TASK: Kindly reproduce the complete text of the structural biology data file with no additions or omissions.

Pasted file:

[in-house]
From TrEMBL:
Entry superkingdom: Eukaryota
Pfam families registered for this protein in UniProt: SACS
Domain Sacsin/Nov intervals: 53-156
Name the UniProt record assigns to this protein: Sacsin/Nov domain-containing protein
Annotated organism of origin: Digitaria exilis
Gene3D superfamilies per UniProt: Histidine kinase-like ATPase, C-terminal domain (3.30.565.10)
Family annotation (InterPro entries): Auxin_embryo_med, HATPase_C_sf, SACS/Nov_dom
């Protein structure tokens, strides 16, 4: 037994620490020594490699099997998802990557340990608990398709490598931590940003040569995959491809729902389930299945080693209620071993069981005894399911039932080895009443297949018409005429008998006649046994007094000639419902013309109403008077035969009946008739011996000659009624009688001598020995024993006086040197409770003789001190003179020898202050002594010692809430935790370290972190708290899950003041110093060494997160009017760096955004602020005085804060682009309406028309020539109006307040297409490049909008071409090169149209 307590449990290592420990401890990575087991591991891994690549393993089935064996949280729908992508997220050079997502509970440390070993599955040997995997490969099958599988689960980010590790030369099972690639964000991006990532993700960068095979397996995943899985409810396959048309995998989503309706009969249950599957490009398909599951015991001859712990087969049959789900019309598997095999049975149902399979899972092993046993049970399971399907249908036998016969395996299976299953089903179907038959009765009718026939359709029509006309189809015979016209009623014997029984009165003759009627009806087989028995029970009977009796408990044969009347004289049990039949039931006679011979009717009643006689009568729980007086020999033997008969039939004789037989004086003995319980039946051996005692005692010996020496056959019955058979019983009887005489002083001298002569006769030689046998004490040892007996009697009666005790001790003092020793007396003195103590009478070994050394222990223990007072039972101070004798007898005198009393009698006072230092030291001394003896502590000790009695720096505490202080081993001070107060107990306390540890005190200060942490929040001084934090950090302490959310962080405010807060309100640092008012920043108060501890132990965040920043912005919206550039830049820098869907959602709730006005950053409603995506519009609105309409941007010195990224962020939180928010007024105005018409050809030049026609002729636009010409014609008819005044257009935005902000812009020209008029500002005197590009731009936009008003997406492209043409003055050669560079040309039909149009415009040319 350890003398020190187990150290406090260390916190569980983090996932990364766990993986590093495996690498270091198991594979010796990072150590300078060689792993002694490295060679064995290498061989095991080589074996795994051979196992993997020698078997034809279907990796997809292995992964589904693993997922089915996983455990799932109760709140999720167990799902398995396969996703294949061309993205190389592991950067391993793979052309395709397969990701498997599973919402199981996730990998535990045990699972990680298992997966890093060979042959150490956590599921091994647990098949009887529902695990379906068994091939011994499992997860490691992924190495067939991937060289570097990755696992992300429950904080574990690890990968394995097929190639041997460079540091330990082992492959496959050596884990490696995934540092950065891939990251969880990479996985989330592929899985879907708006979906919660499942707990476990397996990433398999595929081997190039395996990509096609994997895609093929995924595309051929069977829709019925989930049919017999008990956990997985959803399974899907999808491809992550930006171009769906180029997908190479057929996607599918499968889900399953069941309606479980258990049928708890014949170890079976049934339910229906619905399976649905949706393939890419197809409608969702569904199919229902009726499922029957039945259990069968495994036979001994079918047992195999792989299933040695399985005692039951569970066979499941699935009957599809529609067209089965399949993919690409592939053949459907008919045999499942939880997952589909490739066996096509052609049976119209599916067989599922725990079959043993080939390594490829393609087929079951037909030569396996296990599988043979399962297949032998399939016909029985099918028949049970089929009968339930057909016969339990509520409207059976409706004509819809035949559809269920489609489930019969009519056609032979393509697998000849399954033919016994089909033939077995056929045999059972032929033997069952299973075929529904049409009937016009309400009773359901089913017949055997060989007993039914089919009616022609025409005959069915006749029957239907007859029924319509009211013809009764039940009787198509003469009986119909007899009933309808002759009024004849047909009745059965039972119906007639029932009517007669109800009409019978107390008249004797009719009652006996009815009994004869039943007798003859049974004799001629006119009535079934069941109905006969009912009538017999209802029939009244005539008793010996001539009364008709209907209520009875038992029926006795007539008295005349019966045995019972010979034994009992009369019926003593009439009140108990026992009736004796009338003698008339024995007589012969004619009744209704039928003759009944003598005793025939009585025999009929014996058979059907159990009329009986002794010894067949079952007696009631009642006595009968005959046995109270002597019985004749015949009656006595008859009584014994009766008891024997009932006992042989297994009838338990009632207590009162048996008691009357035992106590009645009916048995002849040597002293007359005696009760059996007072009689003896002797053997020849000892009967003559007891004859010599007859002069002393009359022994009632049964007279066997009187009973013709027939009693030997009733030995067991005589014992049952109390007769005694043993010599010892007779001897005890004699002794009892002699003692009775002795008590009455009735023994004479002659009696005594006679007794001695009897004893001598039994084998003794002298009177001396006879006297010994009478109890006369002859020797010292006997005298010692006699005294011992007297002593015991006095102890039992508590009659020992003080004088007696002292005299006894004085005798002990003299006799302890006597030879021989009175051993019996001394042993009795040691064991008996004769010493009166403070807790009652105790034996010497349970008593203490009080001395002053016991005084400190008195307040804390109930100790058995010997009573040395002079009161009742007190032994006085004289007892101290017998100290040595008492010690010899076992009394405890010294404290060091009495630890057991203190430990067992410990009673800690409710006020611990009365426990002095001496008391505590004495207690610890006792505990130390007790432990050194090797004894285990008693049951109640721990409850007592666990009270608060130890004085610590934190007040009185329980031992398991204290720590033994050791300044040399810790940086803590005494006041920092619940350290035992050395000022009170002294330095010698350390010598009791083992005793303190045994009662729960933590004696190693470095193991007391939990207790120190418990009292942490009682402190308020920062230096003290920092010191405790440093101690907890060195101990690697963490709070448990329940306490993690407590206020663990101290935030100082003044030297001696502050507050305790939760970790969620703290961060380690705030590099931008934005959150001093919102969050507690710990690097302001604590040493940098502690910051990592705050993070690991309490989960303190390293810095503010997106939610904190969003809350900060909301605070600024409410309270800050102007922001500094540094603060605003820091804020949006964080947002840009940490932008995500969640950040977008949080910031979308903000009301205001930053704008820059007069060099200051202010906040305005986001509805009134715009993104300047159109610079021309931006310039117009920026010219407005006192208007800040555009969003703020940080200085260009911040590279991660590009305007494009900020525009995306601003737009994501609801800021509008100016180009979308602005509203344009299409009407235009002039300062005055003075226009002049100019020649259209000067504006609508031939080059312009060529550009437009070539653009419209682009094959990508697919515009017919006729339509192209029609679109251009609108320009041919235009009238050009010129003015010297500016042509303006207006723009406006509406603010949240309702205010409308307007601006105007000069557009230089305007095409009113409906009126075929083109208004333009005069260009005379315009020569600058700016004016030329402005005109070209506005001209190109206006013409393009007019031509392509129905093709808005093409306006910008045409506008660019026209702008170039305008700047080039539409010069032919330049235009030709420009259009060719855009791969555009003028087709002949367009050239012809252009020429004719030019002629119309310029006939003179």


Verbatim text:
[in-house]
From TrEMBL:
Entry superkingdom: Eukaryota
Pfam families registered for this protein in UniProt: SACS
Domain Sacsin/Nov intervals: 53-156
Name the UniProt record assigns to this protein: Sacsin/Nov domain-containing protein
Annotated organism of origin: Digitaria exilis
Gene3D superfamilies per UniProt: Histidine kinase-like ATPase, C-terminal domain (3.30.565.10)
Family annotation (InterPro entries): Auxin_embryo_med, HATPase_C_sf, SACS/Nov_dom
């Protein structure tokens, strides 16, 4: 037994620490020594490699099997998802990557340990608990398709490598931590940003040569995959491809729902389930299945080693209620071993069981005894399911039932080895009443297949018409005429008998006649046994007094000639419902013309109403008077035969009946008739011996000659009624009688001598020995024993006086040197409770003789001190003179020898202050002594010692809430935790370290972190708290899950003041110093060494997160009017760096955004602020005085804060682009309406028309020539109006307040297409490049909008071409090169149209 307590449990290592420990401890990575087991591991891994690549393993089935064996949280729908992508997220050079997502509970440390070993599955040997995997490969099958599988689960980010590790030369099972690639964000991006990532993700960068095979397996995943899985409810396959048309995998989503309706009969249950599957490009398909599951015991001859712990087969049959789900019309598997095999049975149902399979899972092993046993049970399971399907249908036998016969395996299976299953089903179907038959009765009718026939359709029509006309189809015979016209009623014997029984009165003759009627009806087989028995029970009977009796408990044969009347004289049990039949039931006679011979009717009643006689009568729980007086020999033997008969039939004789037989004086003995319980039946051996005692005692010996020496056959019955058979019983009887005489002083001298002569006769030689046998004490040892007996009697009666005790001790003092020793007396003195103590009478070994050394222990223990007072039972101070004798007898005198009393009698006072230092030291001394003896502590000790009695720096505490202080081993001070107060107990306390540890005190200060942490929040001084934090950090302490959310962080405010807060309100640092008012920043108060501890132990965040920043912005919206550039830049820098869907959602709730006005950053409603995506519009609105309409941007010195990224962020939180928010007024105005018409050809030049026609002729636009010409014609008819005044257009935005902000812009020209008029500002005197590009731009936009008003997406492209043409003055050669560079040309039909149009415009040319 350890003398020190187990150290406090260390916190569980983090996932990364766990993986590093495996690498270091198991594979010796990072150590300078060689792993002694490295060679064995290498061989095991080589074996795994051979196992993997020698078997034809279907990796997809292995992964589904693993997922089915996983455990799932109760709140999720167990799902398995396969996703294949061309993205190389592991950067391993793979052309395709397969990701498997599973919402199981996730990998535990045990699972990680298992997966890093060979042959150490956590599921091994647990098949009887529902695990379906068994091939011994499992997860490691992924190495067939991937060289570097990755696992992300429950904080574990690890990968394995097929190639041997460079540091330990082992492959496959050596884990490696995934540092950065891939990251969880990479996985989330592929899985879907708006979906919660499942707990476990397996990433398999595929081997190039395996990509096609994997895609093929995924595309051929069977829709019925989930049919017999008990956990997985959803399974899907999808491809992550930006171009769906180029997908190479057929996607599918499968889900399953069941309606479980258990049928708890014949170890079976049934339910229906619905399976649905949706393939890419197809409608969702569904199919229902009726499922029957039945259990069968495994036979001994079918047992195999792989299933040695399985005692039951569970066979499941699935009957599809529609067209089965399949993919690409592939053949459907008919045999499942939880997952589909490739066996096509052609049976119209599916067989599922725990079959043993080939390594490829393609087929079951037909030569396996296990599988043979399962297949032998399939016909029985099918028949049970089929009968339930057909016969339990509520409207059976409706004509819809035949559809269920489609489930019969009519056609032979393509697998000849399954033919016994089909033939077995056929045999059972032929033997069952299973075929529904049409009937016009309400009773359901089913017949055997060989007993039914089919009616022609025409005959069915006749029957239907007859029924319509009211013809009764039940009787198509003469009986119909007899009933309808002759009024004849047909009745059965039972119906007639029932009517007669109800009409019978107390008249004797009719009652006996009815009994004869039943007798003859049974004799001629006119009535079934069941109905006969009912009538017999209802029939009244005539008793010996001539009364008709209907209520009875038992029926006795007539008295005349019966045995019972010979034994009992009369019926003593009439009140108990026992009736004796009338003698008339024995007589012969004619009744209704039928003759009944003598005793025939009585025999009929014996058979059907159990009329009986002794010894067949079952007696009631009642006595009968005959046995109270002597019985004749015949009656006595008859009584014994009766008891024997009932006992042989297994009838338990009632207590009162048996008691009357035992106590009645009916048995002849040597002293007359005696009760059996007072009689003896002797053997020849000892009967003559007891004859010599007859002069002393009359022994009632049964007279066997009187009973013709027939009693030997009733030995067991005589014992049952109390007769005694043993010599010892007779001897005890004699002794009892002699003692009775002795008590009455009735023994004479002659009696005594006679007794001695009897004893001598039994084998003794002298009177001396006879006297010994009478109890006369002859020797010292006997005298010692006699005294011992007297002593015991006095102890039992508590009659020992003080004088007696002292005299006894004085005798002990003299006799302890006597030879021989009175051993019996001394042993009795040691064991008996004769010493009166403070807790009652105790034996010497349970008593203490009080001395002053016991005084400190008195307040804390109930100790058995010997009573040395002079009161009742007190032994006085004289007892101290017998100290040595008492010690010899076992009394405890010294404290060091009495630890057991203190430990067992410990009673800690409710006020611990009365426990002095001496008391505590004495207690610890006792505990130390007790432990050194090797004894285990008693049951109640721990409850007592666990009270608060130890004085610590934190007040009185329980031992398991204290720590033994050791300044040399810790940086803590005494006041920092619940350290035992050395000022009170002294330095010698350390010598009791083992005793303190045994009662729960933590004696190693470095193991007391939990207790120190418990009292942490009682402190308020920062230096003290920092010191405790440093101690907890060195101990690697963490709070448990329940306490993690407590206020663990101290935030100082003044030297001696502050507050305790939760970790969620703290961060380690705030590099931008934005959150001093919102969050507690710990690097302001604590040493940098502690910051990592705050993070690991309490989960303190390293810095503010997106939610904190969003809350900060909301605070600024409410309270800050102007922001500094540094603060605003820091804020949006964080947002840009940490932008995500969640950040977008949080910031979308903000009301205001930053704008820059007069060099200051202010906040305005986001509805009134715009993104300047159109610079021309931006310039117009920026010219407005006192208007800040555009969003703020940080200085260009911040590279991660590009305007494009900020525009995306601003737009994501609801800021509008100016180009979308602005509203344009299409009407235009002039300062005055003075226009002049100019020649259209000067504006609508031939080059312009060529550009437009070539653009419209682009094959990508697919515009017919006729339509192209029609679109251009609108320009041919235009009238050009010129003015010297500016042509303006207006723009406006509406603010949240309702205010409308307007601006105007000069557009230089305007095409009113409906009126075929083109208004333009005069260009005379315009020569600058700016004016030329402005005109070209506005001209190109206006013409393009007019031509392509129905093709808005093409306006910008045409506008660019026209702008170039305008700047080039539409010069032919330049235009030709420009259009060719855009791969555009003028087709002949367009050239012809252009020429004719030019002629119309310029006939003179």